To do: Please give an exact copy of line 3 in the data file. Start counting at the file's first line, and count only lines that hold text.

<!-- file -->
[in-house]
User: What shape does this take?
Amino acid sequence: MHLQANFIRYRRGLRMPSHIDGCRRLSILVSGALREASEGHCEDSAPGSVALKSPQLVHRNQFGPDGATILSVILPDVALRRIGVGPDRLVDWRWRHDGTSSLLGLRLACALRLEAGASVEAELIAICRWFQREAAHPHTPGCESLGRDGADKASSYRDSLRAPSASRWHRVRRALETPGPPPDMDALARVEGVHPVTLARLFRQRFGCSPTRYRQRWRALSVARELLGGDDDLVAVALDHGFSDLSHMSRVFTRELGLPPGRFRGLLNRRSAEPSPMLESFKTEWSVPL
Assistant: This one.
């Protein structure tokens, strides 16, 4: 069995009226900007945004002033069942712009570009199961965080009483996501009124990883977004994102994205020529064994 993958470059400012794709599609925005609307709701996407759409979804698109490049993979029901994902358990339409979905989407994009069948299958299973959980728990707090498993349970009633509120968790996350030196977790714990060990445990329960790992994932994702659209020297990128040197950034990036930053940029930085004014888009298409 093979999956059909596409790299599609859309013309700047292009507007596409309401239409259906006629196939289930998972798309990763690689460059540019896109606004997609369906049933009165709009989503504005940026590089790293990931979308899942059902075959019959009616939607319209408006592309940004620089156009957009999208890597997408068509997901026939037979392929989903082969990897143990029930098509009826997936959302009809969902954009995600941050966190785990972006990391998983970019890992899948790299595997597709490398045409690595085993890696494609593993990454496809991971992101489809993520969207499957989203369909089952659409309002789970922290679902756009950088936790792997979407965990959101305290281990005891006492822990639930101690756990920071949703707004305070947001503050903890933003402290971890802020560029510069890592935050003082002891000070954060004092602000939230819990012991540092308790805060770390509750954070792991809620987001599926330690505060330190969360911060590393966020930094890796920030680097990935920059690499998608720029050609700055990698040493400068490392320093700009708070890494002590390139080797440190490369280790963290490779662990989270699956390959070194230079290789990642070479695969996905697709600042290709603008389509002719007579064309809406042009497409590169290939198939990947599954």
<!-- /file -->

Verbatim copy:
Amino acid sequence: MHLQANFIRYRRGLRMPSHIDGCRRLSILVSGALREASEGHCEDSAPGSVALKSPQLVHRNQFGPDGATILSVILPDVALRRIGVGPDRLVDWRWRHDGTSSLLGLRLACALRLEAGASVEAELIAICRWFQREAAHPHTPGCESLGRDGADKASSYRDSLRAPSASRWHRVRRALETPGPPPDMDALARVEGVHPVTLARLFRQRFGCSPTRYRQRWRALSVARELLGGDDDLVAVALDHGFSDLSHMSRVFTRELGLPPGRFRGLLNRRSAEPSPMLESFKTEWSVPL